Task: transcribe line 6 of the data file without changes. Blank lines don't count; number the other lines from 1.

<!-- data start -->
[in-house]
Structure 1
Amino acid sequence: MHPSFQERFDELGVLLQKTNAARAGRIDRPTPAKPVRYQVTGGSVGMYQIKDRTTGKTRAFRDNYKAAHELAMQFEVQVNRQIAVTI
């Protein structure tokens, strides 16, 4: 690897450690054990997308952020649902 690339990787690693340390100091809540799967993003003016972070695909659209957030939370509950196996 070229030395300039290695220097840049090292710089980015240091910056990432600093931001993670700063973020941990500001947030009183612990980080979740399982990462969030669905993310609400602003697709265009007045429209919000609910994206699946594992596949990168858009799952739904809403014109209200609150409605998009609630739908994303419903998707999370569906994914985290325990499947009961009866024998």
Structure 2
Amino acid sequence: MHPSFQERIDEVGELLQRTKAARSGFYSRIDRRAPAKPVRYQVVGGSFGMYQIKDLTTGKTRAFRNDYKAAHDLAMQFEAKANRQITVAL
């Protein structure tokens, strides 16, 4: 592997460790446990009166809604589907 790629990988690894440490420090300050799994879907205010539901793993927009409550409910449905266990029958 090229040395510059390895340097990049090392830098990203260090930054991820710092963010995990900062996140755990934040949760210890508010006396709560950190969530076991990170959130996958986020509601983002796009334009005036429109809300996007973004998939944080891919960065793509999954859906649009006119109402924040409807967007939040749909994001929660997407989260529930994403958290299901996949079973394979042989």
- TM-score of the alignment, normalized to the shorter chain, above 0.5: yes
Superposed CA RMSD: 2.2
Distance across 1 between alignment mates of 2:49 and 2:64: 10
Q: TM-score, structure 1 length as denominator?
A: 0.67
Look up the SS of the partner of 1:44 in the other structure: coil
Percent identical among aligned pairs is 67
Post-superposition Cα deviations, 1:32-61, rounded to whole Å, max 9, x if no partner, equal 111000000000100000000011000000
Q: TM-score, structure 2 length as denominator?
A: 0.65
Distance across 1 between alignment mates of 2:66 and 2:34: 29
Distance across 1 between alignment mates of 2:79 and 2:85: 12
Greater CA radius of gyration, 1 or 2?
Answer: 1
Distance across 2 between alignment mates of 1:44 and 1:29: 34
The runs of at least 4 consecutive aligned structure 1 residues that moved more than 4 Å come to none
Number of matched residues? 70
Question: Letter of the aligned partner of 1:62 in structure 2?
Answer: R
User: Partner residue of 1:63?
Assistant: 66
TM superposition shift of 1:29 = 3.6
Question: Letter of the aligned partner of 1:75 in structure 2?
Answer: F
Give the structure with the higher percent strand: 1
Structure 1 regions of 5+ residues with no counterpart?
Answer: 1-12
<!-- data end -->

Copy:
Amino acid sequence: MHPSFQERIDEVGELLQRTKAARSGFYSRIDRRAPAKPVRYQVVGGSFGMYQIKDLTTGKTRAFRNDYKAAHDLAMQFEAKANRQITVAL